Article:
SQL Server Denali | PowerPivot
Custom aggregates can be created using cube scripts in BISM multidimensional (SSAS OLAP cubes). How can we do this with BISM tabular? In many cases, simple DAX calculations can solve this for us.
I’m referring to the example of my previous post about semi additive measures. Let’s say we’re monitoring the stock of two products we’re selling. For the totals we want to see the average stock over time. At least once a month we’re taking a snapshot of the stock. If we have more than one snapshot per month, the monthly total computes as the average of those snapshot. For aggregation above the month level we want to take the average of the monthly averages. At first, this looks like we only have to use average as the aggregation function. But the average of averaged values is not identical to the average of all values. Let’s take a look at this source data table:
For product Notate we have a single measurement of 50 pieces in February. For product Quickerstill we have 8 distinct measurements with an average of 50 pieces in February. However, when we look at the total average for Quickerstill, the 8 distinct measurements in February result in a higher weight of the February average and therefore in a higher total average of 44 instead of 30:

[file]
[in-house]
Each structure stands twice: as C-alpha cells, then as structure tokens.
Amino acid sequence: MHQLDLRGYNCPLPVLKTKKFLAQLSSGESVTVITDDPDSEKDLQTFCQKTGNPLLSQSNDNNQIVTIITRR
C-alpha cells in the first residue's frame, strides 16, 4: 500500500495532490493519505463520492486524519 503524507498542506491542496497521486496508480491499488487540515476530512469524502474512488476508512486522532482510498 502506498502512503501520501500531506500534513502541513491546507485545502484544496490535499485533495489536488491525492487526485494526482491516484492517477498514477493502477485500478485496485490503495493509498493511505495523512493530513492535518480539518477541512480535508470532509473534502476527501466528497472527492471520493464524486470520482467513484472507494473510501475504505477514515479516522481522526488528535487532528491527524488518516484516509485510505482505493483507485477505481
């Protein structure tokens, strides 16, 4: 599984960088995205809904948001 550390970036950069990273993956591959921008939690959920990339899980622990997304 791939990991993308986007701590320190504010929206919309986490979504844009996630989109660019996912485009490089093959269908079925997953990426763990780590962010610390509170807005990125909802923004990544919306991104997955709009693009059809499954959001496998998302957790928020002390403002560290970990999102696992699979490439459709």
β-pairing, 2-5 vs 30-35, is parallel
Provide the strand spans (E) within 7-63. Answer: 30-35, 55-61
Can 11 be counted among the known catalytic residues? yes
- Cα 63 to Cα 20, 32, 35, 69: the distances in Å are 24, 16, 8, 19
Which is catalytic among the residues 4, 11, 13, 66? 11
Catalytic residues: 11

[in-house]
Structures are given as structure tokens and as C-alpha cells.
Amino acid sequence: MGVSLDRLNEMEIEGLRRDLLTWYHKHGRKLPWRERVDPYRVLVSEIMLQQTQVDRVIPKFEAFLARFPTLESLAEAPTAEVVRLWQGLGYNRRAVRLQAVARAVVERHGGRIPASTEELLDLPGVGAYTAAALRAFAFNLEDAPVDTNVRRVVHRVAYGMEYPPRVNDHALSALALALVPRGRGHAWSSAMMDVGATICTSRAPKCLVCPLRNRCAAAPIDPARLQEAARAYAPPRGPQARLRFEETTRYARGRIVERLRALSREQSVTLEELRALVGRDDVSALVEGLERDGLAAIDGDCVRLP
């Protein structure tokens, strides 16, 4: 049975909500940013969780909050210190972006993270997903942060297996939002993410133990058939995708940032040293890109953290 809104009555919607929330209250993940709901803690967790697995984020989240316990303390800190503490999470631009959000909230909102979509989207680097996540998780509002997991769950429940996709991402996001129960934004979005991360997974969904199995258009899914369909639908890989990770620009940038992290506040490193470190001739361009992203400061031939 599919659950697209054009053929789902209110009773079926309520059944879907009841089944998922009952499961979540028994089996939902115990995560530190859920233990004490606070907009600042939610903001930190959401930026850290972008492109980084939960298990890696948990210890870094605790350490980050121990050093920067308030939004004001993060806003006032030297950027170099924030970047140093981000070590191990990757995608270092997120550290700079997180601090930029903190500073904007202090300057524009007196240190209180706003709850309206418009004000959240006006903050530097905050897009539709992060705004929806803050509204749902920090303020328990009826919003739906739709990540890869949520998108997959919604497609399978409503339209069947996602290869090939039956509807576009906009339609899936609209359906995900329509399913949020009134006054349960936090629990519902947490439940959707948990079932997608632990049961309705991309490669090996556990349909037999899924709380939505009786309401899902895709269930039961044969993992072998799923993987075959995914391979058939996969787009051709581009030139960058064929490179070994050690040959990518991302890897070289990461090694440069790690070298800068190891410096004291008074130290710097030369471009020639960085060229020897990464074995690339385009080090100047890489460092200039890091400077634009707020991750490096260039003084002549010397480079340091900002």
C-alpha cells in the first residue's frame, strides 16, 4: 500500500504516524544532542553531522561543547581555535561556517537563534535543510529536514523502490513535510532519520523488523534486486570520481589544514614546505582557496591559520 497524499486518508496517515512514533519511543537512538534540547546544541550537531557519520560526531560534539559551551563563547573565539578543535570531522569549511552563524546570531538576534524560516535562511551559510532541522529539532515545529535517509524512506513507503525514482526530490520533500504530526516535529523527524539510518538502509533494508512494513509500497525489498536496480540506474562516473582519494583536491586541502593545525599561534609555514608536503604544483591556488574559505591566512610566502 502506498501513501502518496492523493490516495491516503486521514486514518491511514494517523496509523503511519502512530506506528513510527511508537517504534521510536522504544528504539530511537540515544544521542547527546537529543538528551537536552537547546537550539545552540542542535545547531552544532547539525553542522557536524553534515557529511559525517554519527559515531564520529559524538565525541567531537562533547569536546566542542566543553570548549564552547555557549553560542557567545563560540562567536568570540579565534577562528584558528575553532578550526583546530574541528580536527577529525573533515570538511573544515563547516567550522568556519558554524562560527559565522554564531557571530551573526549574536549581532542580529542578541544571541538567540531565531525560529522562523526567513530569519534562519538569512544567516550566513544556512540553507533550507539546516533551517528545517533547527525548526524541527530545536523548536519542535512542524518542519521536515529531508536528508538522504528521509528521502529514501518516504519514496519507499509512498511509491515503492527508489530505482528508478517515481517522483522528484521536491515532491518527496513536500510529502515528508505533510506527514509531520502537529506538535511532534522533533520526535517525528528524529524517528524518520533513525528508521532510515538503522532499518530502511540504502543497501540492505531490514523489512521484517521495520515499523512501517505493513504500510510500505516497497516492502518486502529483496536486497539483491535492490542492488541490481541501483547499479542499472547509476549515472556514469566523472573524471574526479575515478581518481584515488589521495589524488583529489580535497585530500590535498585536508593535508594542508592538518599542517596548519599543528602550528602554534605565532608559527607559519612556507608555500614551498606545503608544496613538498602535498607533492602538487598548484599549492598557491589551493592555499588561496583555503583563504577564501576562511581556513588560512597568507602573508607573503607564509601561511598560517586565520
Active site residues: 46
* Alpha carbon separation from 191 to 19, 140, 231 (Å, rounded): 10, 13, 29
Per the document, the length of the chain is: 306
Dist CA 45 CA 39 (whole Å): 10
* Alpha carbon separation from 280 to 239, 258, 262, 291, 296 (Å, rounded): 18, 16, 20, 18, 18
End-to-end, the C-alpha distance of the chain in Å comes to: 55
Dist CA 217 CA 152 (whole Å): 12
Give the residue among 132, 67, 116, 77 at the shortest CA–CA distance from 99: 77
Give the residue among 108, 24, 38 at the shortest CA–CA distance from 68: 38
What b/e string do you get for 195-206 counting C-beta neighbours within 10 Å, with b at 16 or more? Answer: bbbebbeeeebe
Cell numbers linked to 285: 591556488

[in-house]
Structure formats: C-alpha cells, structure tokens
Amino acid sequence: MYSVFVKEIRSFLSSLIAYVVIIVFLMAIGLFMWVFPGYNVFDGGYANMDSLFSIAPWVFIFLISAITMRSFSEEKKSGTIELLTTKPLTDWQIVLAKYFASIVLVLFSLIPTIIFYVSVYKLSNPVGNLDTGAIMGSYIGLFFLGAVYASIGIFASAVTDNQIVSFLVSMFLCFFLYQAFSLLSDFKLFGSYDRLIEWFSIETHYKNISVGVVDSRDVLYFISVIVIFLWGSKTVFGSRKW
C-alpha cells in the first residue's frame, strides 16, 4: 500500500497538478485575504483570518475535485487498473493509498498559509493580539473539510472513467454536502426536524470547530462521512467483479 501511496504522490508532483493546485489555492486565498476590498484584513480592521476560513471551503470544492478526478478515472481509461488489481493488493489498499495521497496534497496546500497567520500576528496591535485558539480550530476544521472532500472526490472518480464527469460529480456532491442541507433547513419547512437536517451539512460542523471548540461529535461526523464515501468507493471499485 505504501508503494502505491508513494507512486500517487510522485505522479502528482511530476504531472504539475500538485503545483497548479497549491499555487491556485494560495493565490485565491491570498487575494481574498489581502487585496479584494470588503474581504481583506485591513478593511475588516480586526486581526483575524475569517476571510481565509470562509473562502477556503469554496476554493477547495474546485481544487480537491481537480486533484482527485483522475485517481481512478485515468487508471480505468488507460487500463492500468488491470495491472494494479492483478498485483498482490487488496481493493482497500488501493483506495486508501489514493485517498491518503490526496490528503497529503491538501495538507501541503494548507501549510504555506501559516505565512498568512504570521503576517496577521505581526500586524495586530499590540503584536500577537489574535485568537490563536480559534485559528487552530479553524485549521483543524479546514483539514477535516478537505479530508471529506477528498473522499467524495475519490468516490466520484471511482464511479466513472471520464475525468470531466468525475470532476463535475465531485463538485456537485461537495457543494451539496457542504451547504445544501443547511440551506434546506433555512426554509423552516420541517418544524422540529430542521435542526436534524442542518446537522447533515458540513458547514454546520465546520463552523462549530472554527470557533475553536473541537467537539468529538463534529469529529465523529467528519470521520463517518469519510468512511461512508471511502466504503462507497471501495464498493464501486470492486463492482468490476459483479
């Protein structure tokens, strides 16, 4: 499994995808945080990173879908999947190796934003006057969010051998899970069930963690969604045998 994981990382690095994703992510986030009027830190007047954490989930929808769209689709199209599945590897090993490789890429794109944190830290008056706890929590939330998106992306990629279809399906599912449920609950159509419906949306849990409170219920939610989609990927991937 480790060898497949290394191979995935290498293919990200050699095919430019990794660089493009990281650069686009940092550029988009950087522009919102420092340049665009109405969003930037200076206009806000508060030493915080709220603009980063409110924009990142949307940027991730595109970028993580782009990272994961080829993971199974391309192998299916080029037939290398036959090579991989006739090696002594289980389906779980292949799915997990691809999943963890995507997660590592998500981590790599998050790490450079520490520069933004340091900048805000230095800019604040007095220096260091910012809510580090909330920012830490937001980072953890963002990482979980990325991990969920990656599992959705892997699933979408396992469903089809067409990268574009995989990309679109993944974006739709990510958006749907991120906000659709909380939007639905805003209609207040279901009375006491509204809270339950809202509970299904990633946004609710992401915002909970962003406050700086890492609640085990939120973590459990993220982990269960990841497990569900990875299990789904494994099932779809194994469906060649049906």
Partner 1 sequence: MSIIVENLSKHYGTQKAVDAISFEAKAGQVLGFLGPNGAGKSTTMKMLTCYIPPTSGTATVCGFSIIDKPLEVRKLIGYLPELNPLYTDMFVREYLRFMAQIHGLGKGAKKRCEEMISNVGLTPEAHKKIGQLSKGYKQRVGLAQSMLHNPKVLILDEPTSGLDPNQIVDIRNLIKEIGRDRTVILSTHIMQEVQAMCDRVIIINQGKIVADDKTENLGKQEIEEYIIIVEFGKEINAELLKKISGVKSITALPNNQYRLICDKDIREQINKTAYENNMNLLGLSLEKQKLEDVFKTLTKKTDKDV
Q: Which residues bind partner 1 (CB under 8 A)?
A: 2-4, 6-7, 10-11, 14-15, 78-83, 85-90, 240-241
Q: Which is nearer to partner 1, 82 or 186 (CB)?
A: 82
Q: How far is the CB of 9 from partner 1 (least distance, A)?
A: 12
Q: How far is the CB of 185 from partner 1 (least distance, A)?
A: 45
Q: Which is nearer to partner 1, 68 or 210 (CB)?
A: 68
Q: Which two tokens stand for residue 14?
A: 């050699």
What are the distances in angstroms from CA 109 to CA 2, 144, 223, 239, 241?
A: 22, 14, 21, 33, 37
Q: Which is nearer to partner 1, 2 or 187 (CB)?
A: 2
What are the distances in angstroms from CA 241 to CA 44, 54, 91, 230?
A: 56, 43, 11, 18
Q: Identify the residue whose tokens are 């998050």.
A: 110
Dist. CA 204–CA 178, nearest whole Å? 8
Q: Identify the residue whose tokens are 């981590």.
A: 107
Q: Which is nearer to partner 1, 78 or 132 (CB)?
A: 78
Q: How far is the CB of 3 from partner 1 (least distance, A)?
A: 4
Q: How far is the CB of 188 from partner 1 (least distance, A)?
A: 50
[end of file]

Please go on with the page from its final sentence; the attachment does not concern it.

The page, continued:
The Average Stock measure in this example is the same semi additive measure as in my previous post and computed like this:
The requirement for the custom aggregate means, that we also want to see a total average of 30 for product Quickerstill (20+50+20=90, 90/3=30). This requirement is somewhat unusual as the computation above gives the “correct” average of all values. One interpretation is that the weight for computing the average of two or more months is not influenced by the number of measurements within the month.
We can achieve this in a way that is very similar to the semi additive calculations from my last post. Here is the resulting formula:
Special AVG Stock:=AVERAGEX(SUMMARIZE(‘Stock’,[Year],[Month],”AvgStock”,AVERAGE([Stocklevel])),[AvgStock])
This formula simply summarizes the average stock at a grouping level of year and month. Then, in a second step, it takes these values and computes the average of them. By doing so, we have broken the aggregation into two layers. First we average by month, then we take the average of those values.
Here is the resulting table using the new aggregate:
And after expanding the February values (2nd month) we clearly see the how our custom aggregate works:
Of course, this is just a simple custom aggregate but it is remarkable that we didn’t need any kind of cube script with scope-statements to achieve this but only a very simple DAX expression.